Metabolic Brain Disease

, Volume 32, Issue 6, pp 1861–1869 | Cite as

Huperzine A alleviates neuroinflammation, oxidative stress and improves cognitive function after repetitive traumatic brain injury

  • Zhengrong Mei
  • Peiying Zheng
  • Xiangping Tan
  • Ying Wang
  • Bing SituEmail author
Original Article


Traumatic brain injury (TBI) may trigger secondary injury cascades including endoplasmic reticulum stress, oxidative stress, and neuroinflammation. Unfortunately, there are no effective treatments targeting either primary or secondary injuries that result in long-term detrimental consequences. Huperzine A (HupA) is a potent acetylcholinesterase inhibitor (AChEI) that has been used treatment of Alzheimer’s disease (AD). This study aimed to explore the neuroprotective effects of HupA in TBI and its possible mechanisms. Repetitive mild closed head injury (CHI) model was used to mimic concussive TBI. Mice were randomly assigned into three groups including sham, vehicle-treated and HupA-treated injured mice. The HupA was given at dose of 1.0 mg/kg/day and was initiated 30 min after the first injury, then administered daily for a total of 30 days. The neuronal functions including motor functions, emotion-like behaviors, learning and memory were tested. Axonal injury, reactive oxygen species (ROS), and neuroinflammation were examined as well. The results showed that injured mice treated with HupA had significant improvement in Morris water maze performance compared with vehicle-treated injured mice. HupA treatment significantly attenuated markers of neuroinflammation and oxidative stress in the injured mice. Taken together, HupA was effective in reducing neuroinflammation, oxidative stress and behavioral recovery after TBI. HupA is a promising candidate for treatment of TBI.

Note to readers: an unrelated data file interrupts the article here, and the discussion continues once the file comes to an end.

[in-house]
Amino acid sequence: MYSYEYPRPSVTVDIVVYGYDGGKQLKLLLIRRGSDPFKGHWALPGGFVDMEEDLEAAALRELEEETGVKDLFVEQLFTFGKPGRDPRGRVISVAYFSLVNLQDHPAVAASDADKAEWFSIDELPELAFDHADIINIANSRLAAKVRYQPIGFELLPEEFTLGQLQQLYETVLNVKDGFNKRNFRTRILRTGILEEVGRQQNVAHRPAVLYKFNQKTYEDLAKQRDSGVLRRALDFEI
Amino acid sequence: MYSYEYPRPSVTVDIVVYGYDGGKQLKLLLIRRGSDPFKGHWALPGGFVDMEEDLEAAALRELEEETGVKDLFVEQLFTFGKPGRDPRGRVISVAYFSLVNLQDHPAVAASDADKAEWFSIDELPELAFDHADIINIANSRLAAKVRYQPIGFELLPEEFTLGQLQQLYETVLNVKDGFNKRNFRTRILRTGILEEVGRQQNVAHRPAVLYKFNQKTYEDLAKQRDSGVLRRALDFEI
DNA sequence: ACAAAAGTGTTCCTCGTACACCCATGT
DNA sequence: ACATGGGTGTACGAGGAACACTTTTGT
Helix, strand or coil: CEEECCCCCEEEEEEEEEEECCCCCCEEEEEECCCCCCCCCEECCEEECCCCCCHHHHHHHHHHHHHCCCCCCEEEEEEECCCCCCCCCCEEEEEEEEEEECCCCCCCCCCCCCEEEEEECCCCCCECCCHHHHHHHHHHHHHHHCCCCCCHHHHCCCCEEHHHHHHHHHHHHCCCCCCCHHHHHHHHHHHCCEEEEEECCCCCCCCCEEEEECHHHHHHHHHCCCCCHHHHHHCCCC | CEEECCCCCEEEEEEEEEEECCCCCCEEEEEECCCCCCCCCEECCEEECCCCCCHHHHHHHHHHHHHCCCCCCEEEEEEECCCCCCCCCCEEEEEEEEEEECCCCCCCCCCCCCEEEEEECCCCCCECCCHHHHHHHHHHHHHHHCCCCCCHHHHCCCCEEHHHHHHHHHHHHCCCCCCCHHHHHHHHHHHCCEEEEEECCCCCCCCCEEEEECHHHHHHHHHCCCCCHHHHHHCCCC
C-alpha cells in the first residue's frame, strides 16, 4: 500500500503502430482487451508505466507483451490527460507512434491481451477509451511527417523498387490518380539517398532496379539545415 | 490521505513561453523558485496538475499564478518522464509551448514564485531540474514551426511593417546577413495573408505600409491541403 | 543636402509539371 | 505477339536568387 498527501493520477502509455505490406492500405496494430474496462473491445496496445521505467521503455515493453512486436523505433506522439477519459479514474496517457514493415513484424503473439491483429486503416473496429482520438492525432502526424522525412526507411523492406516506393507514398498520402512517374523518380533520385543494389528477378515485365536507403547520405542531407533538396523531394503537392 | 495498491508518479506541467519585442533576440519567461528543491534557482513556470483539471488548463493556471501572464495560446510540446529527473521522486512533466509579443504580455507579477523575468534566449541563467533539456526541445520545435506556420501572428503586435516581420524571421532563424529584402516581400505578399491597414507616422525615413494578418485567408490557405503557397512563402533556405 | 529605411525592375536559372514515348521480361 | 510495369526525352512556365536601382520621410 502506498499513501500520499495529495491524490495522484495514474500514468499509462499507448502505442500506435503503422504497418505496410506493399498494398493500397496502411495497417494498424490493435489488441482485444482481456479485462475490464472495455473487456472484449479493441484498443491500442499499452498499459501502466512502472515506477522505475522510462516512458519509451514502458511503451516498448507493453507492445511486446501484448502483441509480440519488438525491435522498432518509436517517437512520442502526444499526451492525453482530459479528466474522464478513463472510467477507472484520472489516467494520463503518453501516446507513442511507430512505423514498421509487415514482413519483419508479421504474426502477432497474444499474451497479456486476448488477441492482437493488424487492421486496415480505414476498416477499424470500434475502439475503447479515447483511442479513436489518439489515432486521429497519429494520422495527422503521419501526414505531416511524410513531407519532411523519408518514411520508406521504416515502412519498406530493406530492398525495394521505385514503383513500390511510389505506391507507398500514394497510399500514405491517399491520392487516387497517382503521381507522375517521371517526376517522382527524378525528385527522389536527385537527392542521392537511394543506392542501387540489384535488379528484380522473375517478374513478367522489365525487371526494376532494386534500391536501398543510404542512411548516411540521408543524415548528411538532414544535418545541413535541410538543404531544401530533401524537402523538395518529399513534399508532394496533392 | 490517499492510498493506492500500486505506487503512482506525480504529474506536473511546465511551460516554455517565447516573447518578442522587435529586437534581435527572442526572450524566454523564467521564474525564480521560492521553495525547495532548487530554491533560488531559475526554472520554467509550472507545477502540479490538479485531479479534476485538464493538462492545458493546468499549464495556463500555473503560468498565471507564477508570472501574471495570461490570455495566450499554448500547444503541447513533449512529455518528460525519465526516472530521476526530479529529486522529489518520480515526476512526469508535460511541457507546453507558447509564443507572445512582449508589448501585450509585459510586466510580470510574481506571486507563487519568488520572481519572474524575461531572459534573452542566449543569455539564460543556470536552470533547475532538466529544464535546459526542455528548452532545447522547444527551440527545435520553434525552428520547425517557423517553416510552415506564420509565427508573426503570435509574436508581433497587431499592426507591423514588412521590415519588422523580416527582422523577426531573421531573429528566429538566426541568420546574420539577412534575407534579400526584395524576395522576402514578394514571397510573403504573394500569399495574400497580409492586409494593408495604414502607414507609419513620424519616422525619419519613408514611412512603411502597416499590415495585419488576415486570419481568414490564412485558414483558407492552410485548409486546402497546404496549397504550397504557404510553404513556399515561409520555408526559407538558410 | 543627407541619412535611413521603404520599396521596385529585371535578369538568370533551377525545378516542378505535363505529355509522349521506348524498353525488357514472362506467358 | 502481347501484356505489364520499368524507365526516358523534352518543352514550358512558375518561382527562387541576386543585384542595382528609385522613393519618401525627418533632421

Traumatic brain injury Huperzine A Nueroprotection Neuroinflammation Oxidative stress 



The authors would like to thank Dr. Jianhua Qiu for his assistance with the revision English language.

Compliance with ethical standards


This work is supported by a grant from Guangzhou Education Bureau (1201421151).

Conflict of interest

No competing financial interests exist.


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Copyright information

© Springer Science+Business Media, LLC 2017

Authors and Affiliations

  • Zhengrong Mei
    • 1
  • Peiying Zheng
    • 1
  • Xiangping Tan
    • 1
  • Ying Wang
    • 1
  • Bing Situ
    • 1
    Email author
  1. 1.Department of Pharmacy, The Third Affiliated HospitalGuangzhou Medical UniversityGuangzhouPeople’s Republic of China

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